I am a videographer in Portland, Oregon with a love for all things horses. Originally from Minnesota, my childhood was spent on racetracks across the Midwest. I am currently training my dream horse with hopes of excelling at dressage and Parelli. I have a Cairn Terrier, Ellie, and an old cat named Winston. I am fortunate to have a pretty nice boyfriend who understands and supports my love of horses. My blog helps keep a record of my successes and failures and helps friends and family enjoy the journey with me.
Most of us have known a pony or two like this. When I saw this clip, I laughed so hard I cried. For me, it brought back memories of my little Shetland. She did those same antics, but add "rolling" and "farting" as she trotted around the ring. Oh the embarrassment! How did I ever manage to face my fellow 4-Hers every year on that same little sorrel terror? I loved that pony, she was a great teacher. Just as this naughty little one is. This girl is a champ, getting back on and toughing it out. Unfortunately the comments on the YouTube site get a little snarky, complaining about her riding. Frankly, I didn't pay any attention to equitation. This is a clip about perseverance and determination and should remind us all, even in tough times, we can ride through. This little girl could have left the course in tears. Many girls would, but she rode it out. In my book, Sorrel, gets the blue ribbon. Below is a picture of Topper and I in a parade. She was my best equine educator and master of the "duck for grass" maneuver.
I am here in Pagosa Springs, Colorado. What a cool little town! It is a lot like Sisters, Oregon, but a bit more trendy. I checked everything out, drank a gigantic hot fudge malt, and went back to my hotel to start focusing on my meeting tomorrow. I am scheduled to meet with Linda and Pat Parelli at their headquarters. I feel a bit nervous, very excited, a little scared, somewhat confident, and very optimistic. Tonight, I am busy working on the confident part. It is slated as a "brainstorming" session so the brain better go get some sleep. Wish me luck.
You see the dents? Those are from me. My trailer is aptly named the "Adventure" for good reason. I had an accident on Sunday while trailering out to McIver Park with some girlfriends. We took three trailers, four horses. I was so excited to get to use my new trailer for the first time. I loaded Maddy, she went in fine. She stomped a little bit on the ride over. I went to unload her once we arrived and as I opened her divider, she pulled back on her breakaway tie. I figured she would feel the stretch in the bungee and relax, but she started to pull harder. Silly me thought a "breakaway" tie would just break. Wrong. I was at her shoulder when she went into fight or flight mode and crashed sideways into me. She slammed me twice and the third time, she knocked me flat on my back. I remember lying there seeing a flurry of hooves. I was thinking "this is how people get trampled." I braced for impact, then I heard a the breakaway clip hit the ground and Maddy running on the gravel. I was slow to get up, a bit in shock, worried about my mare. I hobbled out, and my friends were holding Maddy, she had slipped out of her halter. She was dripping in sweat and had two large gashes on her left side from the divider hitting her. Man, I was shaken. Wow...nothing like a come to Jesus moment.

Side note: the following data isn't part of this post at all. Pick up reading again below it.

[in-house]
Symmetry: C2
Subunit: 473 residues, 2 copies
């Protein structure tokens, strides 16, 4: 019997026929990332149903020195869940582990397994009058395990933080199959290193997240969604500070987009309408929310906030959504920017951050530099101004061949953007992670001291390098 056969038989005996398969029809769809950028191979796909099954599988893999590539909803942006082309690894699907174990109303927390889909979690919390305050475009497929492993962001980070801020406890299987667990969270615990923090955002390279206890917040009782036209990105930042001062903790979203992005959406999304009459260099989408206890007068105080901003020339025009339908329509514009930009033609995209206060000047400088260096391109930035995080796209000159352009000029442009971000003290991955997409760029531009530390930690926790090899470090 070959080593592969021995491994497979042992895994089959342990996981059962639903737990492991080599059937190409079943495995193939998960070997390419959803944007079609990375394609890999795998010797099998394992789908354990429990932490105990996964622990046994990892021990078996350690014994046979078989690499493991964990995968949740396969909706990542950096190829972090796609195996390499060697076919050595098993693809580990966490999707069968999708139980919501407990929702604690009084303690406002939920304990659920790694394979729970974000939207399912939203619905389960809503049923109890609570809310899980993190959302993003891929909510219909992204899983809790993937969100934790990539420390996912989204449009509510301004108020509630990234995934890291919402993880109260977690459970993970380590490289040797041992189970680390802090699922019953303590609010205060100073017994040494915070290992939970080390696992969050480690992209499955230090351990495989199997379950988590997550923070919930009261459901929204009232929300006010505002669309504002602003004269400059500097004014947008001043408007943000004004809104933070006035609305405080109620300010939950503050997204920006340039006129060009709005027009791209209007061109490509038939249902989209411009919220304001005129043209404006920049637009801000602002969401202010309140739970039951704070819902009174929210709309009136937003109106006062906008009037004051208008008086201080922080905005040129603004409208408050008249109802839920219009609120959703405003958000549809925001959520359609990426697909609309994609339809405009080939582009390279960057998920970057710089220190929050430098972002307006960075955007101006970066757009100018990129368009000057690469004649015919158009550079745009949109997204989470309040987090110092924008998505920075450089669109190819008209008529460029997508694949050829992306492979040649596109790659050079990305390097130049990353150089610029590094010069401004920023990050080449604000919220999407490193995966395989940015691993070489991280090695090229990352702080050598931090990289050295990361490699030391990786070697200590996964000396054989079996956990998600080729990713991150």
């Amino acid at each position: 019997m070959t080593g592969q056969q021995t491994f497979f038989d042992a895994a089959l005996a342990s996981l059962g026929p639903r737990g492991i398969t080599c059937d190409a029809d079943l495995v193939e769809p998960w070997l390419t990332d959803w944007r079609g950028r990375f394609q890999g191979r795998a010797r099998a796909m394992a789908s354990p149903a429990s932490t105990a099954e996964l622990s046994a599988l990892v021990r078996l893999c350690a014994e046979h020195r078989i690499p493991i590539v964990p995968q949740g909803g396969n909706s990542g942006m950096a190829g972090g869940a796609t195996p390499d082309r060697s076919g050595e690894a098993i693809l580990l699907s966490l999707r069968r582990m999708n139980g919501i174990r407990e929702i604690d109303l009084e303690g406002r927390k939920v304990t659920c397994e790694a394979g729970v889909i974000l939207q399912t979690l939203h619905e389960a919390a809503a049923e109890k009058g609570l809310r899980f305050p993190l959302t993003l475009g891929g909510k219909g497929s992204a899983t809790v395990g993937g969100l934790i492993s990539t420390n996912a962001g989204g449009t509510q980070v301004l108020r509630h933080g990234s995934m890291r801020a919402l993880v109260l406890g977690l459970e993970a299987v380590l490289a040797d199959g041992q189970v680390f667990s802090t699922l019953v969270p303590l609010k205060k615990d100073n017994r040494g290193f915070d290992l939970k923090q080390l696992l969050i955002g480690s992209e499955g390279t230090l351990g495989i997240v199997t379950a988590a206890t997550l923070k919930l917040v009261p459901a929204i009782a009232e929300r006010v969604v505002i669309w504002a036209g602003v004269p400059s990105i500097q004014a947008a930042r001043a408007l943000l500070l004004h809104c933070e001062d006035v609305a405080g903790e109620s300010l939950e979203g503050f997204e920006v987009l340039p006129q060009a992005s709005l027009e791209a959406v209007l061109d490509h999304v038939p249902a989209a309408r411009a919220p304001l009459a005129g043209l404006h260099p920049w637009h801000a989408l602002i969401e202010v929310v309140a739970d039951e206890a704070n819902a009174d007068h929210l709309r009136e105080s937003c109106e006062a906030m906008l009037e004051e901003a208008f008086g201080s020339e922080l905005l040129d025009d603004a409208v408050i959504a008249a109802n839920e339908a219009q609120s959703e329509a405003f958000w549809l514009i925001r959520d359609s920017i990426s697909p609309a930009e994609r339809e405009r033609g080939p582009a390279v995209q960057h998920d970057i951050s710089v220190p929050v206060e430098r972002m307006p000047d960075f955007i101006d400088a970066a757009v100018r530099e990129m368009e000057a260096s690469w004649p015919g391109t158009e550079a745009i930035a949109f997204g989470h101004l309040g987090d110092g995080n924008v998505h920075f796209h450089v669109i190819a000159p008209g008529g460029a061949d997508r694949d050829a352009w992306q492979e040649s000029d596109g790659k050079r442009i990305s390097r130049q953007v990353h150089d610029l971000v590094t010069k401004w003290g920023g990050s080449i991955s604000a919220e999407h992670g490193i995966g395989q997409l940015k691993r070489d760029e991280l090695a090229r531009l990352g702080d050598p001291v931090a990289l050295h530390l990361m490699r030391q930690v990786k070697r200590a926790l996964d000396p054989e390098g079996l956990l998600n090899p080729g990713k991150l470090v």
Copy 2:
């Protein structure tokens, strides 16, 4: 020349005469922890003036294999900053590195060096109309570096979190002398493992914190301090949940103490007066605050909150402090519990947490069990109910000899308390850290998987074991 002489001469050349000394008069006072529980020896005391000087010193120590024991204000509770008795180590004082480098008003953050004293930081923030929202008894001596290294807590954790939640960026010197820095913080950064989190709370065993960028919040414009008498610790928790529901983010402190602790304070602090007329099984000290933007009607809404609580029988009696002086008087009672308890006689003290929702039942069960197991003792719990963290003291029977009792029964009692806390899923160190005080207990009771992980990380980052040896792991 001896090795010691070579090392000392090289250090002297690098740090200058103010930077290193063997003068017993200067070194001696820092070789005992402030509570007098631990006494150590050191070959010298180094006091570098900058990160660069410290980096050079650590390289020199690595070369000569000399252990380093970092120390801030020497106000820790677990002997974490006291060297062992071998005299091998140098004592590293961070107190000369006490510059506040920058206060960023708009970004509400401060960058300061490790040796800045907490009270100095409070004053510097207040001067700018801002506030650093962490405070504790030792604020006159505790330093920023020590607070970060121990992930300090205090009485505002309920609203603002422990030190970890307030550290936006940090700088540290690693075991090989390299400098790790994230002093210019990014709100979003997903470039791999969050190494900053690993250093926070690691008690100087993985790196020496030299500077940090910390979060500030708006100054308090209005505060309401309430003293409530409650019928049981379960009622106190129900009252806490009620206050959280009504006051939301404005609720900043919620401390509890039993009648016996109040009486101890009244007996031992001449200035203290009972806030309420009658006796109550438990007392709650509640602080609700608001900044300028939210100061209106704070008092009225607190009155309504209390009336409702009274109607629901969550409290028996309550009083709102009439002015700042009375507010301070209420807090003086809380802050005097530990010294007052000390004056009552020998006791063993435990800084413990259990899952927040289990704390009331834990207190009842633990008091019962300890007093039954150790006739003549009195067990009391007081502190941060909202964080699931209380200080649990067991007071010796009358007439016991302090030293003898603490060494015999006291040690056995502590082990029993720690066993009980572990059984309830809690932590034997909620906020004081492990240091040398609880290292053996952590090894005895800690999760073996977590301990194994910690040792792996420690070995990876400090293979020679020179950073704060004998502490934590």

The Wrong Tack: I have a breakaway halter I ALWAYS use. I am very safety-conscious when I trailer. Maddy looks like a special needs horse with her helmet and shipping boots. I lost the break-away strap on our beach trip a month ago and I hadn't replaced it. This time I used a nylon halter that is a little big. Thank god, otherwise I fear she may have broken her neck. I just ordered another breakaway halter as a back up, along with 5 replacement leathers just in case.
Breakaway ties: I thought they just snapped open with pressure. I found out they snap open when YOU pull on them, not the horse. I should have tested them just to make sure I understood how they worked.
Prior Preparation: I took for granted that Maddy would see this trailer as the same as all the others she has ridden in. I didn't practice with her before hand and get her comfortable with MY trailer. We hadn't trailered out in over a month, I should have taken the time it takes to make sure she was ready to be in my trailer.
I have been out to the barn every day to check her cuts. I am posting the pics not as a way to gross anyone out, to be vigilant about safety even when the trip seems mundane. She is healing nicely. I am on the mend too. I think about what happened and how much worse it could have been for both of us. She never stepped on me. I think that was a miracle. My friends said all they saw was my head on the floor of the trailer and her blowing up around me. I know she kept it together enough to try to keep me safe. Still, I am saddened that I had a horse that was pretty confident in trailers, and I have given her a reason not to be. We have lots of work to do, but I am determined to make my wrong a right. I want her rock solid before I ask her to do that again. I know she was terrified to load back up and get home, but she got in again for me. Isn't it amazing what they do for us? Did I mention I love this horse?